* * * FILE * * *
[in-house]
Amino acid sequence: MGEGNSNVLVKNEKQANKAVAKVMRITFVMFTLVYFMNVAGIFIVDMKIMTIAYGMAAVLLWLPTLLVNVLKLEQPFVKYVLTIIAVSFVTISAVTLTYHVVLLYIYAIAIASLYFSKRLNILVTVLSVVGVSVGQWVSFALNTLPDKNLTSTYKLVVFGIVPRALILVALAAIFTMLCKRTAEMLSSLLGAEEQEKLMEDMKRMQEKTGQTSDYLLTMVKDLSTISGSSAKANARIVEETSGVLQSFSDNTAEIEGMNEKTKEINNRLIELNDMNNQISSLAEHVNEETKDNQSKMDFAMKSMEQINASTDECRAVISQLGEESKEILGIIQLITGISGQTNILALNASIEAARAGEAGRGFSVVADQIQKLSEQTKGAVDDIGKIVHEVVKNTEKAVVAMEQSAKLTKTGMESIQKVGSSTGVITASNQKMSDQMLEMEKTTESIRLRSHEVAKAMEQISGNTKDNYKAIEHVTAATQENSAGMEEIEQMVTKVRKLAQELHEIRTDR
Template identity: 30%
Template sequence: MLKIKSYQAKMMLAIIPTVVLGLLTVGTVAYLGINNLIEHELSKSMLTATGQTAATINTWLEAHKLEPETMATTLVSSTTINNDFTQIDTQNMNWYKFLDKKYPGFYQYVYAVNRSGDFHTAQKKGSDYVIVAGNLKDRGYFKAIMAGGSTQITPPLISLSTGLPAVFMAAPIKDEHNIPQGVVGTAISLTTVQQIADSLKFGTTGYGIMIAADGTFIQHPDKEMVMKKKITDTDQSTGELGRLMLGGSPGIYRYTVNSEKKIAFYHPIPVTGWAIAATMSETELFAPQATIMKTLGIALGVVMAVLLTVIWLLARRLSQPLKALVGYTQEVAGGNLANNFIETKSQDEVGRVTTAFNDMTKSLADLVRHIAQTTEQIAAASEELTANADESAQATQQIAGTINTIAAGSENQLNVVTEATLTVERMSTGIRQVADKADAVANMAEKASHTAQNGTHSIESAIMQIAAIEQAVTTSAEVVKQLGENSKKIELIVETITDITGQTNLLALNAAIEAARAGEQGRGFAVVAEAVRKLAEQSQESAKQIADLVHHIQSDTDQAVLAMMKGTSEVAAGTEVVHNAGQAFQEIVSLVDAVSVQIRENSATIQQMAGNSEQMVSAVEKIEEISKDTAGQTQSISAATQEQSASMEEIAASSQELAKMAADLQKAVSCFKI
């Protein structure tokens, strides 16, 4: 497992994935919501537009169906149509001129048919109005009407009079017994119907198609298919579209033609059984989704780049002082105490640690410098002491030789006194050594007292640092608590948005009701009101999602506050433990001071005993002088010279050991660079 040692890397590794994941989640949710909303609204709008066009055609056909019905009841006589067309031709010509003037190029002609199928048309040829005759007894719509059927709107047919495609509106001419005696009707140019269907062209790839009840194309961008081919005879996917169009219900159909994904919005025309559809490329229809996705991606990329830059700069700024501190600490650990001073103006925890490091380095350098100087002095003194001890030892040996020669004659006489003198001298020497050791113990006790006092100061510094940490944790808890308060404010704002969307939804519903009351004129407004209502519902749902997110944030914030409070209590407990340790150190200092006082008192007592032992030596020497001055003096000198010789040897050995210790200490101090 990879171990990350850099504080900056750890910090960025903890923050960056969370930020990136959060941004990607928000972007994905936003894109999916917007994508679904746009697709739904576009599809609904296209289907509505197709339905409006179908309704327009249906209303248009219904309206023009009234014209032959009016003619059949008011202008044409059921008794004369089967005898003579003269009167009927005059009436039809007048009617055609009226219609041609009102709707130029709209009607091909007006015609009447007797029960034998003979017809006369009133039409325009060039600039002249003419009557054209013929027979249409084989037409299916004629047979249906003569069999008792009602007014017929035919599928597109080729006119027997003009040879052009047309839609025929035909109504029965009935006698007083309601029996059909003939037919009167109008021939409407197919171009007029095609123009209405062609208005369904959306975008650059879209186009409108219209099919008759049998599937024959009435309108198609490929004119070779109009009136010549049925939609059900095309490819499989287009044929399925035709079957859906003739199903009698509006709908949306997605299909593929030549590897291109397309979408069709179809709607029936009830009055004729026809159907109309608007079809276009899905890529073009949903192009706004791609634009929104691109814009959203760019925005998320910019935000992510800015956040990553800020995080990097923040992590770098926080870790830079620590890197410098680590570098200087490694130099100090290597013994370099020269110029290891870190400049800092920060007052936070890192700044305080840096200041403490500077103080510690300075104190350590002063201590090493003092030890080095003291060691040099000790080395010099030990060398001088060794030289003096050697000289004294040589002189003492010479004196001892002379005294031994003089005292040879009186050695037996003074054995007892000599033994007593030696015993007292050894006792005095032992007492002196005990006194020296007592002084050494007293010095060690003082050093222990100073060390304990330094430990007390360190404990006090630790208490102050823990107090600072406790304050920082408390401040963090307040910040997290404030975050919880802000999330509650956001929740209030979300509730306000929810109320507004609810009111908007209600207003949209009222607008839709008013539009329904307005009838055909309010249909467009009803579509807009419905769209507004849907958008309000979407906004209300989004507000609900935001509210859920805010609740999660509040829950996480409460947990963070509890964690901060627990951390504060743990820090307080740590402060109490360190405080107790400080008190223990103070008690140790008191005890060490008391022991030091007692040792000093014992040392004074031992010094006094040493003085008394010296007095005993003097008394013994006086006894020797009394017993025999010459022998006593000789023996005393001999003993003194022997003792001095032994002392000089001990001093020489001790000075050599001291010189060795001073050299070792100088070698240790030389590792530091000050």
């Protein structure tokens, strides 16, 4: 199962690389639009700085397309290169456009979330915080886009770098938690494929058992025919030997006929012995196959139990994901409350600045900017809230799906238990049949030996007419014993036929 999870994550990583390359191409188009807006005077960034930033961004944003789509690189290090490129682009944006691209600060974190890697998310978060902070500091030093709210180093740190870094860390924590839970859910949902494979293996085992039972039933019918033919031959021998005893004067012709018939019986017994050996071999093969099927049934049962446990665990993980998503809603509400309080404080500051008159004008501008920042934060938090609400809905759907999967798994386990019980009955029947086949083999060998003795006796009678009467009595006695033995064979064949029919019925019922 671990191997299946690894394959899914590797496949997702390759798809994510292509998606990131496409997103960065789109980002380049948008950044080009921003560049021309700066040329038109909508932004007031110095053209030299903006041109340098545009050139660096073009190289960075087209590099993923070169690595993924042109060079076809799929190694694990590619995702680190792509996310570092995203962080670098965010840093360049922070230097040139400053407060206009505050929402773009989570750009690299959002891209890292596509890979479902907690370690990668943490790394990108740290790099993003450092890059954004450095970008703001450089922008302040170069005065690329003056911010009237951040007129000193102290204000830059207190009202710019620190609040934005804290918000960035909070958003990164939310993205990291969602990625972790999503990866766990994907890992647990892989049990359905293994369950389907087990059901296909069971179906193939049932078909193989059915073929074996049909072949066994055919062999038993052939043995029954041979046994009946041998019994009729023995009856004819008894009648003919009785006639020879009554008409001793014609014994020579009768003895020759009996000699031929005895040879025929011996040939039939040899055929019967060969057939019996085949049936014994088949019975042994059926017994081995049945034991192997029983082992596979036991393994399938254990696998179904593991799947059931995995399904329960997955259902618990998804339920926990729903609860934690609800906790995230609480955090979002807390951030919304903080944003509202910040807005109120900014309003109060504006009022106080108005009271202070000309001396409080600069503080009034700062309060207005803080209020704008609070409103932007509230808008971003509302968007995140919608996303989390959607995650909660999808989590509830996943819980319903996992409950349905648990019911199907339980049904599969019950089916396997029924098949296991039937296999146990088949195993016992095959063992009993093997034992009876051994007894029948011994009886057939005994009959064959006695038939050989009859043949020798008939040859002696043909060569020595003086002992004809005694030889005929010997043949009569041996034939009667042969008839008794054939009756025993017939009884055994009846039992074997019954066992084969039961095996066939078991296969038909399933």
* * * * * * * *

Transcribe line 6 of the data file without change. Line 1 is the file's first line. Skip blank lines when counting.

């Protein structure tokens, strides 16, 4: 199962690389639009700085397309290169456009979330915080886009770098938690494929058992025919030997006929012995196959139990994901409350600045900017809230799906238990049949030996007419014993036929 999870994550990583390359191409188009807006005077960034930033961004944003789509690189290090490129682009944006691209600060974190890697998310978060902070500091030093709210180093740190870094860390924590839970859910949902494979293996085992039972039933019918033919031959021998005893004067012709018939019986017994050996071999093969099927049934049962446990665990993980998503809603509400309080404080500051008159004008501008920042934060938090609400809905759907999967798994386990019980009955029947086949083999060998003795006796009678009467009595006695033995064979064949029919019925019922 671990191997299946690894394959899914590797496949997702390759798809994510292509998606990131496409997103960065789109980002380049948008950044080009921003560049021309700066040329038109909508932004007031110095053209030299903006041109340098545009050139660096073009190289960075087209590099993923070169690595993924042109060079076809799929190694694990590619995702680190792509996310570092995203962080670098965010840093360049922070230097040139400053407060206009505050929402773009989570750009690299959002891209890292596509890979479902907690370690990668943490790394990108740290790099993003450092890059954004450095970008703001450089922008302040170069005065690329003056911010009237951040007129000193102290204000830059207190009202710019620190609040934005804290918000960035909070958003990164939310993205990291969602990625972790999503990866766990994907890992647990892989049990359905293994369950389907087990059901296909069971179906193939049932078909193989059915073929074996049909072949066994055919062999038993052939043995029954041979046994009946041998019994009729023995009856004819008894009648003919009785006639020879009554008409001793014609014994020579009768003895020759009996000699031929005895040879025929011996040939039939040899055929019967060969057939019996085949049936014994088949019975042994059926017994081995049945034991192997029983082992596979036991393994399938254990696998179904593991799947059931995995399904329960997955259902618990998804339920926990729903609860934690609800906790995230609480955090979002807390951030919304903080944003509202910040807005109120900014309003109060504006009022106080108005009271202070000309001396409080600069503080009034700062309060207005803080209020704008609070409103932007509230808008971003509302968007995140919608996303989390959607995650909660999808989590509830996943819980319903996992409950349905648990019911199907339980049904599969019950089916396997029924098949296991039937296999146990088949195993016992095959063992009993093997034992009876051994007894029948011994009886057939005994009959064959006695038939050989009859043949020798008939040859002696043909060569020595003086002992004809005694030889005929010997043949009569041996034939009667042969008839008794054939009756025993017939009884055994009846039992074997019954066992084969039961095996066939078991296969038909399933």